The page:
Times, Monday 5 October
The drink has to be swallowed. The record books don’t lie. Much as many of us may have wished different but it was the French horse Sottsass that won this Qatar Prix de l’Arc de Triomphe at Longchamp. Enable did not.
Sottsass won last year’s French Derby and his master trainer Jean Claude Rouget had targeted this Arc since finishing third, a couple of lengths behind Enable when the mare came up short in the big race last October. His jockey, Christian Demuro, 28, is 21 years junior to Enable’s rider Frankie Dettori but read the tactics of the slowest Arc since 1976 more easily than his fellow Italian.
For on ground not much firmer than the mud on the banks of the nearby Seine, the final time of 2min 39.30 was seven full seconds slower than last year when the going was seen to be too soft for Enable’s liking and Dettori arguably moved too soon.
This time, with the mare breaking fastest of all from the gates, Frankie had the option of trying to dictate from the front but opted to rein back into close fifth and allow French champion Pierre Charles Boudot to set a funereal pace on the stamina suspect Persian King. The big outsider Chachnak followed with Sottsass tucked in on the rails and Stradivarius on the outside of his stable companion Enable.
At the seven furlongs they were nine seconds down on last year’s gallop and they were still tightly bunched turning into the straight. Making up ground was always going to be difficult as they sprinted towards the finish clocking a highly respectable 24.75 seconds for the final two furlongs. Sure enough Persian King had first run, Sottsass moved out to collar him a furlong out and resisted the strong challenge of the German bred In Swoop to win by a neck with Persian King a length and a quarter in third just ahead of the French outsider Gold Trip. The fast finishing filly Raabinah was 2 lengths away in fifth with Enable and Stradivarius another couple of lengths back in 6th and 7th.
Dettori had seemed to have plenty under him turning in but, in the words of his friend and one time rival Jason Weaver, the great mare went from ‘go to woe’ in a couple of strides. Both she and Stradivarius were nastily sandwiched as Sottsass moved out just as Gold Tip came past, but it was lack of “go” that allowed it to happen. “It was too deep,” said Frankie of the horse he has loved more than all of the great ones that have gone before, “it just killed her action.”
None of this should take away from Enable’s greatness or the richness of the memories that Dettori and his broad beamed lady have given us over the last four seasons. It has been an unmatched epic journey as they have scooped up the prizes from Epsom to Ascot, to Ireland, to Kentucky and twice conquered the Arc itself in Paris. Indeed it may not be over. Racing manager Teddy Grimthorpe saying afterwards, “We’ll see how she is when she gets back and talk to John [Gosden] and Prince Khalid and make a plan. There will be no decisions [on retirement] at this stage.” Two years ago Enable closed off her season with transatlantic triumph in The Breeders Cup. If she is healthy, what a swan song that would be, even if the faster ground would certainly not be swan suitable.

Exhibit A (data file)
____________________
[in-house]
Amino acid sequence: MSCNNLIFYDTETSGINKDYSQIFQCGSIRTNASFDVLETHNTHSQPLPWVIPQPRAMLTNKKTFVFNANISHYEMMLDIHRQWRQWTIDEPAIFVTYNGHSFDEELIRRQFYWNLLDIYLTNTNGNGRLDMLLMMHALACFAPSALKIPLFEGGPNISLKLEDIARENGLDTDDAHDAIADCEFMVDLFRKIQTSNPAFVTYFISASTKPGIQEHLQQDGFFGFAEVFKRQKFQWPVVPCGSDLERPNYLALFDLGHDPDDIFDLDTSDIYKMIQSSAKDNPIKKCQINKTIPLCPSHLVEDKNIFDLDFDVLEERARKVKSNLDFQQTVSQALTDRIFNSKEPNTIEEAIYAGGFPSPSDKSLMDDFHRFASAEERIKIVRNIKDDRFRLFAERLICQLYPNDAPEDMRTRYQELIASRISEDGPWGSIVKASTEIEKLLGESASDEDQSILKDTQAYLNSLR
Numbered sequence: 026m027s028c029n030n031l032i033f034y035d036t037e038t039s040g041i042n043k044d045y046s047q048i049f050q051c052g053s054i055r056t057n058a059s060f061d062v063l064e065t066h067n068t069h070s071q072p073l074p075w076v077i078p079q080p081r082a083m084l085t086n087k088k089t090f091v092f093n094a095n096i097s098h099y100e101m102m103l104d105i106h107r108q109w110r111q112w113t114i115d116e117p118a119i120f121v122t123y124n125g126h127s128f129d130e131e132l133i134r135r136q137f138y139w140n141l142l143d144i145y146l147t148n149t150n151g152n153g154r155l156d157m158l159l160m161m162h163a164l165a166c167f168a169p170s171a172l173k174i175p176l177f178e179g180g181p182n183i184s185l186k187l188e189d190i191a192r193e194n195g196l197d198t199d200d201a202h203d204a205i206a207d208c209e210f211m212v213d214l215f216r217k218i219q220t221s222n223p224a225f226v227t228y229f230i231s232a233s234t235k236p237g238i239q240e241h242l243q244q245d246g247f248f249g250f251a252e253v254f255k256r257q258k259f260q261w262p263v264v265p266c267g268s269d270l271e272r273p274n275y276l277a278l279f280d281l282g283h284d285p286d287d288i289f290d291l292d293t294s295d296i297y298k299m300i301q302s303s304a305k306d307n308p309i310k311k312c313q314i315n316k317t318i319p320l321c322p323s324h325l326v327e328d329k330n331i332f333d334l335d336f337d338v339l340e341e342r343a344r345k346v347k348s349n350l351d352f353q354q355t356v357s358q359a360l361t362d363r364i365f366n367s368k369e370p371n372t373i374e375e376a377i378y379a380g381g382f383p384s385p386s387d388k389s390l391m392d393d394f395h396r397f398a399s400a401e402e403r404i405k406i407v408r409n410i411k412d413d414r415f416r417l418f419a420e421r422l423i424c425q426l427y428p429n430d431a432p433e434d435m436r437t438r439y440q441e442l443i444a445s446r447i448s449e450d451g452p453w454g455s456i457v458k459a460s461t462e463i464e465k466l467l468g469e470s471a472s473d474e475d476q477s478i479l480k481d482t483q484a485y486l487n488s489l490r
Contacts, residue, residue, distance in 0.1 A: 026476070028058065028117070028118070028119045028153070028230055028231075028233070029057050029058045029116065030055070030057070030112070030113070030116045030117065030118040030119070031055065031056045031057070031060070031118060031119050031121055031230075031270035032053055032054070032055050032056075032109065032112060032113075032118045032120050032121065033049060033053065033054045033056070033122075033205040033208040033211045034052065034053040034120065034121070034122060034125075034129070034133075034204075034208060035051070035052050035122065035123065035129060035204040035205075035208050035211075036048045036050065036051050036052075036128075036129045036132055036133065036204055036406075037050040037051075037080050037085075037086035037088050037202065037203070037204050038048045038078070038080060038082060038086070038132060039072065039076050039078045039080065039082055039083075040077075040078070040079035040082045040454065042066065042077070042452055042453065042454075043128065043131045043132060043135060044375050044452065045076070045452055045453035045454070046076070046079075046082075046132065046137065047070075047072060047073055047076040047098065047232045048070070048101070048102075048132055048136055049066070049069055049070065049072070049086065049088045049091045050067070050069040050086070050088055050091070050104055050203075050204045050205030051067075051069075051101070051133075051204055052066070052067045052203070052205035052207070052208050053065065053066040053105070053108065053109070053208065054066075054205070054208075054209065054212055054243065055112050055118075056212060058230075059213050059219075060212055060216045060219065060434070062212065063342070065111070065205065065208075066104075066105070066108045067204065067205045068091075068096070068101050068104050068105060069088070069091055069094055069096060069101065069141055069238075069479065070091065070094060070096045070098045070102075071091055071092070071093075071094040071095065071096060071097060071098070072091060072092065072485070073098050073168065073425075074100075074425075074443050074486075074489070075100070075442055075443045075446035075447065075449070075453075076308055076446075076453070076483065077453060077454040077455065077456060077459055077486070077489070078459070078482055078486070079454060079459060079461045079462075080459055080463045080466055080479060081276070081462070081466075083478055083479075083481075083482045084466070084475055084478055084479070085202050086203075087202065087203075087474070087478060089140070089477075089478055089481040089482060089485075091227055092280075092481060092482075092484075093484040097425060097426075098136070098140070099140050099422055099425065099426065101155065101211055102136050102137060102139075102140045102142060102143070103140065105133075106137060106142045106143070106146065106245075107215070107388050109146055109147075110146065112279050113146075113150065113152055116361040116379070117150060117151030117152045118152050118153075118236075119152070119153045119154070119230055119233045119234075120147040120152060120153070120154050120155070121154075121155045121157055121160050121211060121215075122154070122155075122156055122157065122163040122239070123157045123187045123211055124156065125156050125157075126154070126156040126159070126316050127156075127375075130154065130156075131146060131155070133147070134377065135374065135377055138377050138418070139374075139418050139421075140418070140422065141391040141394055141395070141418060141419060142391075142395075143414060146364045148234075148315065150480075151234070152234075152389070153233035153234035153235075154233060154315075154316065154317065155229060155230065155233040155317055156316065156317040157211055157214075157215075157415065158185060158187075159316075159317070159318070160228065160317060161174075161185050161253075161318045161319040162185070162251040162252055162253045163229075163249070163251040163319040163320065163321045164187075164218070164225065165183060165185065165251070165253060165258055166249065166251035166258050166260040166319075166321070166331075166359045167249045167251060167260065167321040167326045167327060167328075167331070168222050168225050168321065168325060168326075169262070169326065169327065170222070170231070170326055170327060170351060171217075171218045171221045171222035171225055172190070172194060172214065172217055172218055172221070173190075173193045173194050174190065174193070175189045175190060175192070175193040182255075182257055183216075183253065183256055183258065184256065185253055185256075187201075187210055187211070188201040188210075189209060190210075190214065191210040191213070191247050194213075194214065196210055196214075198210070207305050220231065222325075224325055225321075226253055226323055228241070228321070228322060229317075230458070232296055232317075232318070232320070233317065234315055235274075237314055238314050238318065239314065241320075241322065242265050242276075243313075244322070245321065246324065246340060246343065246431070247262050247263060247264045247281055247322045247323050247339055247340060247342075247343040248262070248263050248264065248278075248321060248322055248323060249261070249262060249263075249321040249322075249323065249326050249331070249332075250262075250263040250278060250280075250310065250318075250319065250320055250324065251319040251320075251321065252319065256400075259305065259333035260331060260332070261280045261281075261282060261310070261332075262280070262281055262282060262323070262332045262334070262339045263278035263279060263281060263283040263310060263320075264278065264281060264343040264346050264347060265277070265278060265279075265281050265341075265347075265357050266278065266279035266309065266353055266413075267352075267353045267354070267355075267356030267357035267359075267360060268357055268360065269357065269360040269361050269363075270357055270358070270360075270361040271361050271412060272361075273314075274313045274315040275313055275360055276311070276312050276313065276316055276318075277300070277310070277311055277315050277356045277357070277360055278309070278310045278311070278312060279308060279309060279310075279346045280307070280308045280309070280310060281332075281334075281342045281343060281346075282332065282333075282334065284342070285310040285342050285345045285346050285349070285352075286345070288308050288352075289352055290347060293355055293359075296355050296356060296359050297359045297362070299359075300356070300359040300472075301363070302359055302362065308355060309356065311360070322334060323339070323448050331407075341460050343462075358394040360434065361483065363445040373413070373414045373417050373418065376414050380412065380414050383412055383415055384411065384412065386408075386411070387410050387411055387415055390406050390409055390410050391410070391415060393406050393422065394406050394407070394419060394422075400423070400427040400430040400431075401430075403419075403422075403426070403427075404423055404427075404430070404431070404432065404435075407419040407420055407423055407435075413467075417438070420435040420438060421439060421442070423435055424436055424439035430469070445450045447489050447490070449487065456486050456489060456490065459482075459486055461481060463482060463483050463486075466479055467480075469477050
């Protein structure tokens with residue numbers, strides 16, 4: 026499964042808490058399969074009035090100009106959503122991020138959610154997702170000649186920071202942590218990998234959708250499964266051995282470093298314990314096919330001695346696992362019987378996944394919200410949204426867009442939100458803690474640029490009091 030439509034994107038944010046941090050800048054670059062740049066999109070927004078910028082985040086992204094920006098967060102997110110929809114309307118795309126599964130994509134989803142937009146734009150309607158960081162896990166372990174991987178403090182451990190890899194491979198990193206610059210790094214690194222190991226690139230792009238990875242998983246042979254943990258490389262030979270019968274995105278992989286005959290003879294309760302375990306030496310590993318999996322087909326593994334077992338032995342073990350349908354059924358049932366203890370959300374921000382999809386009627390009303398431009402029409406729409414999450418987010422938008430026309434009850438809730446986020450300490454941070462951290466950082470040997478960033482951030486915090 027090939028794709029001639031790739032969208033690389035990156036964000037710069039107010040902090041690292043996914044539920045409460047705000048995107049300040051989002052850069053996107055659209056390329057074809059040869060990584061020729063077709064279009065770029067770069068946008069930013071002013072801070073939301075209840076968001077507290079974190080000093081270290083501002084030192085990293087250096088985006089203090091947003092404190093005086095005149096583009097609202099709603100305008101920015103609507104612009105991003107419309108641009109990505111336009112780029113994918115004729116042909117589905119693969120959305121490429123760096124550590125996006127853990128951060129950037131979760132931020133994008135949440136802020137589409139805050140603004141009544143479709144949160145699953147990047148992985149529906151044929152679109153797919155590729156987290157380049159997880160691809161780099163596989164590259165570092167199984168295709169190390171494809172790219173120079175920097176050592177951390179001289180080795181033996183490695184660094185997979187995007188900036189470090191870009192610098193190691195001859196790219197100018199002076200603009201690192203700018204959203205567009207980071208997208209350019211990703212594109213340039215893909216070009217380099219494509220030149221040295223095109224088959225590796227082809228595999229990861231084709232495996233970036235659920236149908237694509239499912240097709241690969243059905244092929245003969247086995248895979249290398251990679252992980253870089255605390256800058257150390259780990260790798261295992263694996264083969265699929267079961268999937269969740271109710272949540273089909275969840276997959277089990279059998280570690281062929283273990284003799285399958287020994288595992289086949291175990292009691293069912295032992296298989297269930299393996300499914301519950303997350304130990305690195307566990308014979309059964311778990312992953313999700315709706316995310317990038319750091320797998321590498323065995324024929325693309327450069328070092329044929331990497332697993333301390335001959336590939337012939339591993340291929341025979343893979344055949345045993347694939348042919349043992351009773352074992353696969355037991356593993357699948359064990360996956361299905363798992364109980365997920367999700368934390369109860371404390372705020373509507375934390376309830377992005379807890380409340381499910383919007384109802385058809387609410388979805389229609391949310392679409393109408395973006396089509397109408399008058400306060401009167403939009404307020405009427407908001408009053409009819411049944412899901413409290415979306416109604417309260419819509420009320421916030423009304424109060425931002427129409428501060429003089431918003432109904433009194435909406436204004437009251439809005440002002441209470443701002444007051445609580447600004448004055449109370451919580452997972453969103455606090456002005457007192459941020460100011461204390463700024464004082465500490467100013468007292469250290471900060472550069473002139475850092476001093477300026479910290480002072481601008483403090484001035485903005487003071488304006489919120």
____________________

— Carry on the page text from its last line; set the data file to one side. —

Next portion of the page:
Over the seasons we have rightly paid tribute to the wisdom and foresight with which John Gosden has handled his champion and so it is only right that we should do the same for Jean Claude Rouget whose career is in many ways a match for Enable’s remarkable trainer. At 67 Rouget is two years Gosden’s junior but saddled his first runner (it duly won) in 1978, a year before John took out his first licence in California. Gosden, of course, hit the heights in America before coming back to super success at home. But Rouget, while he now has satellite yards in the north, has remained at his original base at Pau, the town on the southern Alpine border that was once so popular with British expats that it had its own pack of foxhounds.
From there he first won a reputation for an ever increasing number of winners, saddling 180 in 1991 to set a new record and topping that to 242 three seasons later. But now, almost 6,000 winners in, he is just as feared as a big race specialist and his successes include triumphs at Ascot which he first visited when he was an assistant at Ian Balding’s having been a moderate amateur rider but a regional 1500 metre champion on his own two feet.
Christian Demuro’s athletic ability is not listed but his prowess in the saddle is ever growing. Italian racing offers little prospects for top class talent these days and Christian’s move to France in 2013 soon began to pay dividends. At 28 he has many years ahead of him, with 180 winners last season and now an Arc to his name, there should be many good years ahead.
Of course the same cannot be said for Enable and Frankie Dettori. The mare is likely to go to stud and the jockey facing the 50 year milestone this December and having to wonder for how much longer he can go on nursing his god given talent. The renewed association with his old mentor John Gosden and the continued arrival of brilliant horses on which to fulfil himself should give us a few more seasons. But there will never be another chance quite like yesterday.
So while all credit to Sottsass and his connections, for most of us the story of the 2020 Prix de L’Arc de Triomphe will have to be another addition to that sad but weighty volume entitled “Great Sporting Might Have Beens.”